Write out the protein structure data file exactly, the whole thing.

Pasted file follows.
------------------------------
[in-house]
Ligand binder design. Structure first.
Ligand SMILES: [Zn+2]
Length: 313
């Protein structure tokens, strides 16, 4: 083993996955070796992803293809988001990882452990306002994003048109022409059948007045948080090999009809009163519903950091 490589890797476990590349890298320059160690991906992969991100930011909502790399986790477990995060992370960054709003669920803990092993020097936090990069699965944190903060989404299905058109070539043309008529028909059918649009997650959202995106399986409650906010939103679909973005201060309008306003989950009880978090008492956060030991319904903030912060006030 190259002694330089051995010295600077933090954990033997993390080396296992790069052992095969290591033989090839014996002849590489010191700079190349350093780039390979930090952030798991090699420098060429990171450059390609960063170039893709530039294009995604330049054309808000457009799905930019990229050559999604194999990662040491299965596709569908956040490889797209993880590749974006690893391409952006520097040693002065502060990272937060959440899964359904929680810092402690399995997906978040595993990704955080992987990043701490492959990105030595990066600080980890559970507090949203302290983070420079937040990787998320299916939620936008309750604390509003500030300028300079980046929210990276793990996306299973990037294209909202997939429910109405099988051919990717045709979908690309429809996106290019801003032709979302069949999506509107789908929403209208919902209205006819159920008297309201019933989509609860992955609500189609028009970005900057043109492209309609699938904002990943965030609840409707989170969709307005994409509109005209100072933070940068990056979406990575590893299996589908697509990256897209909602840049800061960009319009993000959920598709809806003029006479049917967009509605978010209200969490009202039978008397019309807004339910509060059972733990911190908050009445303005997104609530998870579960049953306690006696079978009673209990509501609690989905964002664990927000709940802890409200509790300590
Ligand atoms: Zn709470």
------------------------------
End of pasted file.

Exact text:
[in-house]
Ligand binder design. Structure first.
Ligand SMILES: [Zn+2]
Length: 313
């Protein structure tokens, strides 16, 4: 083993996955070796992803293809988001990882452990306002994003048109022409059948007045948080090999009809009163519903950091 490589890797476990590349890298320059160690991906992969991100930011909502790399986790477990995060992370960054709003669920803990092993020097936090990069699965944190903060989404299905058109070539043309008529028909059918649009997650959202995106399986409650906010939103679909973005201060309008306003989950009880978090008492956060030991319904903030912060006030 190259002694330089051995010295600077933090954990033997993390080396296992790069052992095969290591033989090839014996002849590489010191700079190349350093780039390979930090952030798991090699420098060429990171450059390609960063170039893709530039294009995604330049054309808000457009799905930019990229050559999604194999990662040491299965596709569908956040490889797209993880590749974006690893391409952006520097040693002065502060990272937060959440899964359904929680810092402690399995997906978040595993990704955080992987990043701490492959990105030595990066600080980890559970507090949203302290983070420079937040990787998320299916939620936008309750604390509003500030300028300079980046929210990276793990996306299973990037294209909202997939429910109405099988051919990717045709979908690309429809996106290019801003032709979302069949999506509107789908929403209208919902209205006819159920008297309201019933989509609860992955609500189609028009970005900057043109492209309609699938904002990943965030609840409707989170969709307005994409509109005209100072933070940068990056979406990575590893299996589908697509990256897209909602840049800061960009319009993000959920598709809806003029006479049917967009509605978010209200969490009202039978008397019309807004339910509060059972733990911190908050009445303005997104609530998870579960049953306690006696079978009673209990509501609690989905964002664990927000709940802890409200509790300590
Ligand atoms: Zn709470």